Skip Navigation
U.S. flag

An official website of the United States government

Dot gov

The .gov means it’s official.
Federal government websites often end in .gov or .mil. Before sharing sensitive information, make sure you’re on a federal government site.


The site is secure.
The https:// ensures that you are connecting to the official website and that any information you provide is encrypted and transmitted securely.

Your Environment. Your Health.

Publication Detail

Title: A robust association test for detecting genetic variants with heterogeneous effects.

Authors: Yu, Kai; Zhang, Han; Wheeler, William; Horne, Hisani N; Chen, Jinbo; Figueroa, Jonine D

Published In Biostatistics, (2015 Jan)

Abstract: One common strategy for detecting disease-associated genetic markers is to compare the genotype distributions between cases and controls, where cases have been diagnosed as having the disease condition. In a study of a complex disease with a heterogeneous etiology, the sampled case group most likely consists of people having different disease subtypes. If we conduct an association test by treating all cases as a single group, we maximize our chance of finding genetic risk factors with a homogeneous effect, regardless of the underlying disease etiology. However, this strategy might diminish the power for detecting risk factors whose effect size varies by disease subtype. We propose a robust statistical procedure to identify genetic risk factors that have either a uniform effect for all disease subtypes or heterogeneous effects across different subtypes, in situations where the subtypes are not predefined but can be characterized roughly by a set of clinical and/or pathologic markers. We demonstrate the advantage of the new procedure through numeric simulation studies and an application to a breast cancer study.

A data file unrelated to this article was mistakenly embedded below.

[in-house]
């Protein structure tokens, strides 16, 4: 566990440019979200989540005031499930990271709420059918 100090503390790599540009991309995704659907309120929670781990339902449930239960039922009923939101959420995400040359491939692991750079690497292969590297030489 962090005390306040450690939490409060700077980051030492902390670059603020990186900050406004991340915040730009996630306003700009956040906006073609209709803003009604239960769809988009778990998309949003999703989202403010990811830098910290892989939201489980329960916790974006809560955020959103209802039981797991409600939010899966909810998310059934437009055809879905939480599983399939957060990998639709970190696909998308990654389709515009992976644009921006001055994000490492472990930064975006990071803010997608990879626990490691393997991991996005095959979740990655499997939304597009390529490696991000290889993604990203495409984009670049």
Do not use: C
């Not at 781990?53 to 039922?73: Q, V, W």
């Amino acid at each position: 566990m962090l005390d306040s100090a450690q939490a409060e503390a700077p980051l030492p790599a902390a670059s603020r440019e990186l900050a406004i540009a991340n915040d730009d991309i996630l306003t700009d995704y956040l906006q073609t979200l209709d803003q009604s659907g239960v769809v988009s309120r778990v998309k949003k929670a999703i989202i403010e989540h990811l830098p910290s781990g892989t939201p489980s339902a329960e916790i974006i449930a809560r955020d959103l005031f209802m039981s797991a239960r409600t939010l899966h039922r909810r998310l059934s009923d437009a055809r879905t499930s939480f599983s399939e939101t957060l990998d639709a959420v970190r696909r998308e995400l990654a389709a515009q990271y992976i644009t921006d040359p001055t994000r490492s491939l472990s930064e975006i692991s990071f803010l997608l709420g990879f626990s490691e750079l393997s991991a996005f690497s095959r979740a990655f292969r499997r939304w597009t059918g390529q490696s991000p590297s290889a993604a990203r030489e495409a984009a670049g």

PubMed ID: 25057183 Exiting the NIEHS site

MeSH Terms: Breast Neoplasms/genetics; Data Interpretation, Statistical*; Female; Genetic Markers; Genetic Variation/genetics*; Genome-Wide Association Study/methods*; Humans; Models, Genetic*; Risk Factors

to Top